Effectiveness of a transdiagnostic group intervention to enhance emotion regulation in young afghan refugees: A pilot randomized controlled study

Behavior Research and Therapy

Theresa Kochab, Thomas Ehringa, Alexandra Liedl



There are several challenges to providing mental health care for refugees, including high comorbidity and structural barriers. Targeting transdiagnostic processes in a low-threshold group intervention appears particularly promising to meet these challenges. This study examined the feasibility, acceptability and effectiveness of a new transdiagnostic intervention, Skills-Training of Affect Regulation–A Culture-sensitive Approach (STARC), focusing on conveying strategies to improve emotional clarity and to regulate emotions. A parallel-group (STARC vs. waitlist) randomized-controlled study with 44 young male Afghan refugees was conducted in a routine clinical setting (NCT03162679). In intention-to-treat analyses, participants of STARC significantly improved in self-reported difficulties in emotion regulation (ΔdSTARC-Waitlist = 1.22), transdiagnostic symptom severity (ΔdSTARC-Waitlist = 1.69), posttraumatic stress symptoms (ΔdSTARC-Waitlist = 1.19), and caregiver-reported emotional competence (ΔdSTARC-Waitlist = −0.90), but not anger reactions (ΔdSTARC-Waitlist = 0.50) compared to waitlist. Effects were maintained over 3 months. STARC is a feasible transdiagnostic intervention in a routine clinical setting and effective for young Afghan refugees. If replicated in large-scale studies with active control groups, it might be promising as an initial low-threshold intervention offered in a phased-based and/or stepped care approach.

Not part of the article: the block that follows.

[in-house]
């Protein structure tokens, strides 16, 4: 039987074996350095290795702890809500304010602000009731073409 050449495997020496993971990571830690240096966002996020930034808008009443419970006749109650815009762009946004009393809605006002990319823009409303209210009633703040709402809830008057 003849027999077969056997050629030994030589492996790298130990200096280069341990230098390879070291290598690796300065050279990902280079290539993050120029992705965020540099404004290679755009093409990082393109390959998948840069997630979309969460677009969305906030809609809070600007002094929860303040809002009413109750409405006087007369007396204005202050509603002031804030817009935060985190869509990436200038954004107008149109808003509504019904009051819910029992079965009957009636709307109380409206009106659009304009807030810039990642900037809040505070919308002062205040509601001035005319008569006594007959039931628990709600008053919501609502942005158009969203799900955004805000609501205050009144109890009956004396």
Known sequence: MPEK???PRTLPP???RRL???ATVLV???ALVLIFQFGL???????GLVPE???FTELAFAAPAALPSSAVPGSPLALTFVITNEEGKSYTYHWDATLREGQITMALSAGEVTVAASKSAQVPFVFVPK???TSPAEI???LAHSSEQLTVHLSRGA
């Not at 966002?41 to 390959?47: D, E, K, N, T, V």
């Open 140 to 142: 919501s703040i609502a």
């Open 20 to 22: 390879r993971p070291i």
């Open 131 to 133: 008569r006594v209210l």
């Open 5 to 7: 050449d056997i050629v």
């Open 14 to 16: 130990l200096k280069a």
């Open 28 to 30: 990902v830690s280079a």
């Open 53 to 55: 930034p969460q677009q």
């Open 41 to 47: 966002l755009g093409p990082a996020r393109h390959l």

Keywords: Refugees, Trauma, Afghanistan, Transdiagnostic, Emotion Regulation, Group treatment, PTSD

Available online 27 June 2020, 103689

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